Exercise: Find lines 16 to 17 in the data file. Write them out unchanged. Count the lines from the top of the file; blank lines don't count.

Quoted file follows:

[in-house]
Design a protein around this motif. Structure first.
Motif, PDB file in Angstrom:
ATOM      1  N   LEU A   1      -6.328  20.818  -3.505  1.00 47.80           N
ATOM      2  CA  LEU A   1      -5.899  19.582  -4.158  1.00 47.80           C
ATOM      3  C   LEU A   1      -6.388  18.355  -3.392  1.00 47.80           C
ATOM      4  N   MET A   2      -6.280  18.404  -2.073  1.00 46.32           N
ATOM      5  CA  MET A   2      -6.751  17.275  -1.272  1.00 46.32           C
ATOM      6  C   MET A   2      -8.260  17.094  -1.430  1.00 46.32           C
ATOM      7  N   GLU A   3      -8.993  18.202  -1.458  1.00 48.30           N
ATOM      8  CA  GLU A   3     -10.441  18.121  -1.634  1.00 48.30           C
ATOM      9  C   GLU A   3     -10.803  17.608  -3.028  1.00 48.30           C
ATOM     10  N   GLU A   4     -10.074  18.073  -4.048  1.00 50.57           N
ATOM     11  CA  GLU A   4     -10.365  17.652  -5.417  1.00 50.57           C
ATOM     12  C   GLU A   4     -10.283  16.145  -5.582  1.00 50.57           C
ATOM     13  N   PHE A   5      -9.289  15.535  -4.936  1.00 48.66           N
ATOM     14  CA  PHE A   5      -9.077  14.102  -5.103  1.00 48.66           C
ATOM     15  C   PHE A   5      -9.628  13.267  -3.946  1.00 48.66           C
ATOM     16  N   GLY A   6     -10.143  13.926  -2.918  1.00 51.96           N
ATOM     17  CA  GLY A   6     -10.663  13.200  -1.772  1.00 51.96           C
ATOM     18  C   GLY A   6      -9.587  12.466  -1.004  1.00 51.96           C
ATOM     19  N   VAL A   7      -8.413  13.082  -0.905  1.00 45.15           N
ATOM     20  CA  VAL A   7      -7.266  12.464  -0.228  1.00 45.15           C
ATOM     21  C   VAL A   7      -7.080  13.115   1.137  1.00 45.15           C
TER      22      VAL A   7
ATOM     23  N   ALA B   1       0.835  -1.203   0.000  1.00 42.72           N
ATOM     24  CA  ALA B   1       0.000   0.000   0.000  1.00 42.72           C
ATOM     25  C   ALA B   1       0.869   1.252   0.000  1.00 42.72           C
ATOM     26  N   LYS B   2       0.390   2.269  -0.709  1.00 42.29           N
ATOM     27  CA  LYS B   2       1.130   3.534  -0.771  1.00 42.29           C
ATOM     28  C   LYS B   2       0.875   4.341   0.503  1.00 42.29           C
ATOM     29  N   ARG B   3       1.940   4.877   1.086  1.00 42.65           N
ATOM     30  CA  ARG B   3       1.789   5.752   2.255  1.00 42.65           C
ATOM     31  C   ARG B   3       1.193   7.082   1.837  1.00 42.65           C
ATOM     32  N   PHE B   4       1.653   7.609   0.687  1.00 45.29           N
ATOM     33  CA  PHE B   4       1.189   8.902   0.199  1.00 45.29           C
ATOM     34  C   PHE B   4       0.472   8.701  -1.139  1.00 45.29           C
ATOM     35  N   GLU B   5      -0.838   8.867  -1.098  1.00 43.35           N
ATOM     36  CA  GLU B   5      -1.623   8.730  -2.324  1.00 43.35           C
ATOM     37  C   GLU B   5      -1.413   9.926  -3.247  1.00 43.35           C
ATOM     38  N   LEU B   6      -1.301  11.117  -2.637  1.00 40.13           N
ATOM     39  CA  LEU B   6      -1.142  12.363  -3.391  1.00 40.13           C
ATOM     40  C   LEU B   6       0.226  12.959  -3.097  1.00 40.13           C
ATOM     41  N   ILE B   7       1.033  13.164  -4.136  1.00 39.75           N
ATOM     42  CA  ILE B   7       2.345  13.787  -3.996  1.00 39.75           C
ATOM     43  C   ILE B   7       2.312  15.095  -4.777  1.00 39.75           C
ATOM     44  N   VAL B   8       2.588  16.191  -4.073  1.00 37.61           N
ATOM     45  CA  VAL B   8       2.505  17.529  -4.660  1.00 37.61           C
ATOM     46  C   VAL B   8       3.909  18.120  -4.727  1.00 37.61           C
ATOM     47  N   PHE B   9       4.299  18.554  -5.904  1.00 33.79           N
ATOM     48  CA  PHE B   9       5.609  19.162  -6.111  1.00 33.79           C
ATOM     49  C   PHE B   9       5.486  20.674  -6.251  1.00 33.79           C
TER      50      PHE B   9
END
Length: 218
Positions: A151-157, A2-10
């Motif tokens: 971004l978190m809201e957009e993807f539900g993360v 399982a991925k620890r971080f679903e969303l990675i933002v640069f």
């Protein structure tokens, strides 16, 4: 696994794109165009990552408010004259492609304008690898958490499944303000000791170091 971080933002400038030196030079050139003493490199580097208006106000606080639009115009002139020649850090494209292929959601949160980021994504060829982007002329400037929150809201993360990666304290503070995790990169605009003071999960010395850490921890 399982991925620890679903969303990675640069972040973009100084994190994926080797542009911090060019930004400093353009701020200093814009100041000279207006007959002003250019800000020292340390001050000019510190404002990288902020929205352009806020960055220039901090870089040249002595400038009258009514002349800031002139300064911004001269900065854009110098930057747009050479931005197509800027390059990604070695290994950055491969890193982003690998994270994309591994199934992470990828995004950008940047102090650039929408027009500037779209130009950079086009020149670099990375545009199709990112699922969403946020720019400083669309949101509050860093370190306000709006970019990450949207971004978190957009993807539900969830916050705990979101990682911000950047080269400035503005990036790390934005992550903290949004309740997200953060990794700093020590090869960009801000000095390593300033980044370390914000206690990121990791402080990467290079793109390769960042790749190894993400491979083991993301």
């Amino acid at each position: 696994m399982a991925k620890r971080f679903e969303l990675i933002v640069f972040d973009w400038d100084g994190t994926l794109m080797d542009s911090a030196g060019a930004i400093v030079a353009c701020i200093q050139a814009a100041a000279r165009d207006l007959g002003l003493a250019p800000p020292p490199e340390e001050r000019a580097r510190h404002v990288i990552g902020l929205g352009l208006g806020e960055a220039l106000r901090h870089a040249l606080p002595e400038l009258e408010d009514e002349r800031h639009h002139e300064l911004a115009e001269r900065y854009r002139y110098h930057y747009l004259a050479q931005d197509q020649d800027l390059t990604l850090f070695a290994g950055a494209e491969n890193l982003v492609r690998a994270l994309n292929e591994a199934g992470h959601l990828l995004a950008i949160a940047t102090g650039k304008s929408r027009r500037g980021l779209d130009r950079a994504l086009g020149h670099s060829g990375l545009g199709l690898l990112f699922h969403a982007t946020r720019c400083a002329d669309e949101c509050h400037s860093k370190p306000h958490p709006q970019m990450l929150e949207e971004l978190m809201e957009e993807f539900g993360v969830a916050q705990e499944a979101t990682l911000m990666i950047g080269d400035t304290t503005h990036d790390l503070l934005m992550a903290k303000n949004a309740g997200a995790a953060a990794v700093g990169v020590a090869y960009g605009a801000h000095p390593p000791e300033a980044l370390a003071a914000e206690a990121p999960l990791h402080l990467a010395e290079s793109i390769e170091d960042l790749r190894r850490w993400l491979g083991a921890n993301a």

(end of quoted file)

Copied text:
ATOM     13  N   PHE A   5      -9.289  15.535  -4.936  1.00 48.66           N
ATOM     14  CA  PHE A   5      -9.077  14.102  -5.103  1.00 48.66           C